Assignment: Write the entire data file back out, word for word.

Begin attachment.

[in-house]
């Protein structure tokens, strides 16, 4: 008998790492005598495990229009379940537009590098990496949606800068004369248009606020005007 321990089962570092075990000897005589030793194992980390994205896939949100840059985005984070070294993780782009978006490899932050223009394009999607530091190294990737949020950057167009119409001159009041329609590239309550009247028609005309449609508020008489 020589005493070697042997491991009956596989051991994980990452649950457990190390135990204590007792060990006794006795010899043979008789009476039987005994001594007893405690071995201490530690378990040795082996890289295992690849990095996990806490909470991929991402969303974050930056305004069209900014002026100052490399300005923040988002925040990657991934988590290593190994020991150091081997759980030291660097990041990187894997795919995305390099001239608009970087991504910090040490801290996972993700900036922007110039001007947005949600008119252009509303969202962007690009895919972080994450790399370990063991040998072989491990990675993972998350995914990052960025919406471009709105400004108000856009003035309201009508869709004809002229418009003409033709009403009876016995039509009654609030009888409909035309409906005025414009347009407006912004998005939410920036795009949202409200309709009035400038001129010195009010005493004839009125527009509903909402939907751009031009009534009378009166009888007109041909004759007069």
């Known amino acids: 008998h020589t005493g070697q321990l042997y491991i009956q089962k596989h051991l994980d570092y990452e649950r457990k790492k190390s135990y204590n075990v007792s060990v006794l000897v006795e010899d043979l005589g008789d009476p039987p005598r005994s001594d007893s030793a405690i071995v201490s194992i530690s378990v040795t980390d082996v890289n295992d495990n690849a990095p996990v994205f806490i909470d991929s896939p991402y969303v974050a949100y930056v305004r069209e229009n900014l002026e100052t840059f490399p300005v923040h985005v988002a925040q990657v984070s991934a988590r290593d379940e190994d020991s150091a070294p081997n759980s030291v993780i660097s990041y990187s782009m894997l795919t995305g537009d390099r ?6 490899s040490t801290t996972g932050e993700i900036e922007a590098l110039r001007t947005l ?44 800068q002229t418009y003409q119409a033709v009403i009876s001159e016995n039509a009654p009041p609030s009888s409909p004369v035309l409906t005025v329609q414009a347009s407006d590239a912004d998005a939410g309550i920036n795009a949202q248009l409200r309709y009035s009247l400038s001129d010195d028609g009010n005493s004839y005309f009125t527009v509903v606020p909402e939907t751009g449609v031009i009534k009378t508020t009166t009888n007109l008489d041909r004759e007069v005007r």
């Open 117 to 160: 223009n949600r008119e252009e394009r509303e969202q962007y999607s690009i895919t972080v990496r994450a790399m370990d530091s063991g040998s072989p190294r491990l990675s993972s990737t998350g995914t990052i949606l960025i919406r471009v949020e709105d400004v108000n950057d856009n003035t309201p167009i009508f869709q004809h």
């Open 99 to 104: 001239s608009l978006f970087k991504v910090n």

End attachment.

[in-house]
């Protein structure tokens, strides 16, 4: 008998790492005598495990229009379940537009590098990496949606800068004369248009606020005007 321990089962570092075990000897005589030793194992980390994205896939949100840059985005984070070294993780782009978006490899932050223009394009999607530091190294990737949020950057167009119409001159009041329609590239309550009247028609005309449609508020008489 020589005493070697042997491991009956596989051991994980990452649950457990190390135990204590007792060990006794006795010899043979008789009476039987005994001594007893405690071995201490530690378990040795082996890289295992690849990095996990806490909470991929991402969303974050930056305004069209900014002026100052490399300005923040988002925040990657991934988590290593190994020991150091081997759980030291660097990041990187894997795919995305390099001239608009970087991504910090040490801290996972993700900036922007110039001007947005949600008119252009509303969202962007690009895919972080994450790399370990063991040998072989491990990675993972998350995914990052960025919406471009709105400004108000856009003035309201009508869709004809002229418009003409033709009403009876016995039509009654609030009888409909035309409906005025414009347009407006912004998005939410920036795009949202409200309709009035400038001129010195009010005493004839009125527009509903909402939907751009031009009534009378009166009888007109041909004759007069």
């Known amino acids: 008998h020589t005493g070697q321990l042997y491991i009956q089962k596989h051991l994980d570092y990452e649950r457990k790492k190390s135990y204590n075990v007792s060990v006794l000897v006795e010899d043979l005589g008789d009476p039987p005598r005994s001594d007893s030793a405690i071995v201490s194992i530690s378990v040795t980390d082996v890289n295992d495990n690849a990095p996990v994205f806490i909470d991929s896939p991402y969303v974050a949100y930056v305004r069209e229009n900014l002026e100052t840059f490399p300005v923040h985005v988002a925040q990657v984070s991934a988590r290593d379940e190994d020991s150091a070294p081997n759980s030291v993780i660097s990041y990187s782009m894997l795919t995305g537009d390099r ?6 490899s040490t801290t996972g932050e993700i900036e922007a590098l110039r001007t947005l ?44 800068q002229t418009y003409q119409a033709v009403i009876s001159e016995n039509a009654p009041p609030s009888s409909p004369v035309l409906t005025v329609q414009a347009s407006d590239a912004d998005a939410g309550i920036n795009a949202q248009l409200r309709y009035s009247l400038s001129d010195d028609g009010n005493s004839y005309f009125t527009v509903v606020p909402e939907t751009g449609v031009i009534k009378t508020t009166t009888n007109l008489d041909r004759e007069v005007r």
């Open 117 to 160: 223009n949600r008119e252009e394009r509303e969202q962007y999607s690009i895919t972080v990496r994450a790399m370990d530091s063991g040998s072989p190294r491990l990675s993972s990737t998350g995914t990052i949606l960025i919406r471009v949020e709105d400004v108000n950057d856009n003035t309201p167009i009508f869709q004809h």
């Open 99 to 104: 001239s608009l978006f970087k991504v910090n």